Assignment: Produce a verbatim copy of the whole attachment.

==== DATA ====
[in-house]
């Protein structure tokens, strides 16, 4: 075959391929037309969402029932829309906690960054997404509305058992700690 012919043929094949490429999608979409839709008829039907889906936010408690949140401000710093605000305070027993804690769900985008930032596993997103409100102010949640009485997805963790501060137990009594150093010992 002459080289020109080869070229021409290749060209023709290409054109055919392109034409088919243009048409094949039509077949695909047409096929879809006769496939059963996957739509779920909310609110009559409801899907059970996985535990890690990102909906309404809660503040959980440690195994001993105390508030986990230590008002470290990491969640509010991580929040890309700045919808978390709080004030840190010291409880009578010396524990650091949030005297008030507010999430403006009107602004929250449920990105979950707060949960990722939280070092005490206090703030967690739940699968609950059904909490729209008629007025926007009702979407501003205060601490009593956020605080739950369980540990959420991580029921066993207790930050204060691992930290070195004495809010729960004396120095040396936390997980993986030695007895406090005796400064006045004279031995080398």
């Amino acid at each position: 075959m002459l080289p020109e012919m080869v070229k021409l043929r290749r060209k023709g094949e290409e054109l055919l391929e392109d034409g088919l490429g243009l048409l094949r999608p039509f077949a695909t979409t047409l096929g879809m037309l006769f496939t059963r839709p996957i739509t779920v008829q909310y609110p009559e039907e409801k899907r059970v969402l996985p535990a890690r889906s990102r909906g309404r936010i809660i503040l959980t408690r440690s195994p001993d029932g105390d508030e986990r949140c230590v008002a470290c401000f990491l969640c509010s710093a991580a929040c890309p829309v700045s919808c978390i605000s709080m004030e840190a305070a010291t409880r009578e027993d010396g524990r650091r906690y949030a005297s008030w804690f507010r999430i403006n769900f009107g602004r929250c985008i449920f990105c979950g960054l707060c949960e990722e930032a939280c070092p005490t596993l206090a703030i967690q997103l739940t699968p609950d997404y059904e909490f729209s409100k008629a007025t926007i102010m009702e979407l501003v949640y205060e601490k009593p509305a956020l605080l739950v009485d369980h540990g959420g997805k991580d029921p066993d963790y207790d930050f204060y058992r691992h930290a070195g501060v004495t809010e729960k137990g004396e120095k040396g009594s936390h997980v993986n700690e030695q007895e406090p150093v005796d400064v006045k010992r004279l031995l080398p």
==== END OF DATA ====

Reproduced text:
[in-house]
């Protein structure tokens, strides 16, 4: 075959391929037309969402029932829309906690960054997404509305058992700690 012919043929094949490429999608979409839709008829039907889906936010408690949140401000710093605000305070027993804690769900985008930032596993997103409100102010949640009485997805963790501060137990009594150093010992 002459080289020109080869070229021409290749060209023709290409054109055919392109034409088919243009048409094949039509077949695909047409096929879809006769496939059963996957739509779920909310609110009559409801899907059970996985535990890690990102909906309404809660503040959980440690195994001993105390508030986990230590008002470290990491969640509010991580929040890309700045919808978390709080004030840190010291409880009578010396524990650091949030005297008030507010999430403006009107602004929250449920990105979950707060949960990722939280070092005490206090703030967690739940699968609950059904909490729209008629007025926007009702979407501003205060601490009593956020605080739950369980540990959420991580029921066993207790930050204060691992930290070195004495809010729960004396120095040396936390997980993986030695007895406090005796400064006045004279031995080398």
């Amino acid at each position: 075959m002459l080289p020109e012919m080869v070229k021409l043929r290749r060209k023709g094949e290409e054109l055919l391929e392109d034409g088919l490429g243009l048409l094949r999608p039509f077949a695909t979409t047409l096929g879809m037309l006769f496939t059963r839709p996957i739509t779920v008829q909310y609110p009559e039907e409801k899907r059970v969402l996985p535990a890690r889906s990102r909906g309404r936010i809660i503040l959980t408690r440690s195994p001993d029932g105390d508030e986990r949140c230590v008002a470290c401000f990491l969640c509010s710093a991580a929040c890309p829309v700045s919808c978390i605000s709080m004030e840190a305070a010291t409880r009578e027993d010396g524990r650091r906690y949030a005297s008030w804690f507010r999430i403006n769900f009107g602004r929250c985008i449920f990105c979950g960054l707060c949960e990722e930032a939280c070092p005490t596993l206090a703030i967690q997103l739940t699968p609950d997404y059904e909490f729209s409100k008629a007025t926007i102010m009702e979407l501003v949640y205060e601490k009593p509305a956020l605080l739950v009485d369980h540990g959420g997805k991580d029921p066993d963790y207790d930050f204060y058992r691992h930290a070195g501060v004495t809010e729960k137990g004396e120095k040396g009594s936390h997980v993986n700690e030695q007895e406090p150093v005796d400064v006045k010992r004279l031995l080398p």